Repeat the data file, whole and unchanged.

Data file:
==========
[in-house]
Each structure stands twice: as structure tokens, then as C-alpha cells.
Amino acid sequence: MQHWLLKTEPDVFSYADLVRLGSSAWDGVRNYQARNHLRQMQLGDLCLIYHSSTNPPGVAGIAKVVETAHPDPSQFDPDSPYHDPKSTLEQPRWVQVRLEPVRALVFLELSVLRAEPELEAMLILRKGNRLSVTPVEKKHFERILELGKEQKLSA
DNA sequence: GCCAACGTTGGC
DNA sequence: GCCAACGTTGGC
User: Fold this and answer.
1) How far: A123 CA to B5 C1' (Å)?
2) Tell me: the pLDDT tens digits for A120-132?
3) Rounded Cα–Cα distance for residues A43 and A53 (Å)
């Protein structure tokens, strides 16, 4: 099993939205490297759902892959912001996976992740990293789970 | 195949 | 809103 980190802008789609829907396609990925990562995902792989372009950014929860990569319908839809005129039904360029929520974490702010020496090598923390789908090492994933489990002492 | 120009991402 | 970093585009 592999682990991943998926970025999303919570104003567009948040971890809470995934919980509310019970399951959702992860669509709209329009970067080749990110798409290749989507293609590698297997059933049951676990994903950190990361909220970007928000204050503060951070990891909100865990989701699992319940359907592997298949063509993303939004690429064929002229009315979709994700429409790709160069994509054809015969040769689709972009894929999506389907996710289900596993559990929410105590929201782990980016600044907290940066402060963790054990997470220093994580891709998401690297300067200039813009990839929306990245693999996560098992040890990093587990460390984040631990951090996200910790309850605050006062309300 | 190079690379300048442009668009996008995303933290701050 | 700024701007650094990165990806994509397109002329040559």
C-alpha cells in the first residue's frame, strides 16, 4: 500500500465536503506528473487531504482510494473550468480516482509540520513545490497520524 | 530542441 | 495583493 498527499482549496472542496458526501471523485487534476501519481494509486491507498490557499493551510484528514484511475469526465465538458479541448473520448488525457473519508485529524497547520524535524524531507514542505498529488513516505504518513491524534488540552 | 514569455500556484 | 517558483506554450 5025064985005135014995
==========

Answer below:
[in-house]
Each structure stands twice: as structure tokens, then as C-alpha cells.
Amino acid sequence: MQHWLLKTEPDVFSYADLVRLGSSAWDGVRNYQARNHLRQMQLGDLCLIYHSSTNPPGVAGIAKVVETAHPDPSQFDPDSPYHDPKSTLEQPRWVQVRLEPVRALVFLELSVLRAEPELEAMLILRKGNRLSVTPVEKKHFERILELGKEQKLSA
DNA sequence: GCCAACGTTGGC
DNA sequence: GCCAACGTTGGC
User: Fold this and answer.
1) How far: A123 CA to B5 C1' (Å)?
2) Tell me: the pLDDT tens digits for A120-132?
3) Rounded Cα–Cα distance for residues A43 and A53 (Å)
């Protein structure tokens, strides 16, 4: 099993939205490297759902892959912001996976992740990293789970 | 195949 | 809103 980190802008789609829907396609990925990562995902792989372009950014929860990569319908839809005129039904360029929520974490702010020496090598923390789908090492994933489990002492 | 120009991402 | 970093585009 592999682990991943998926970025999303919570104003567009948040971890809470995934919980509310019970399951959702992860669509709209329009970067080749990110798409290749989507293609590698297997059933049951676990994903950190990361909220970007928000204050503060951070990891909100865990989701699992319940359907592997298949063509993303939004690429064929002229009315979709994700429409790709160069994509054809015969040769689709972009894929999506389907996710289900596993559990929410105590929201782990980016600044907290940066402060963790054990997470220093994580891709998401690297300067200039813009990839929306990245693999996560098992040890990093587990460390984040631990951090996200910790309850605050006062309300 | 190079690379300048442009668009996008995303933290701050 | 700024701007650094990165990806994509397109002329040559």
C-alpha cells in the first residue's frame, strides 16, 4: 500500500465536503506528473487531504482510494473550468480516482509540520513545490497520524 | 530542441 | 495583493 498527499482549496472542496458526501471523485487534476501519481494509486491507498490557499493551510484528514484511475469526465465538458479541448473520448488525457473519508485529524497547520524535524524531507514542505498529488513516505504518513491524534488540552 | 514569455500556484 | 517558483506554450 5025064985005135014995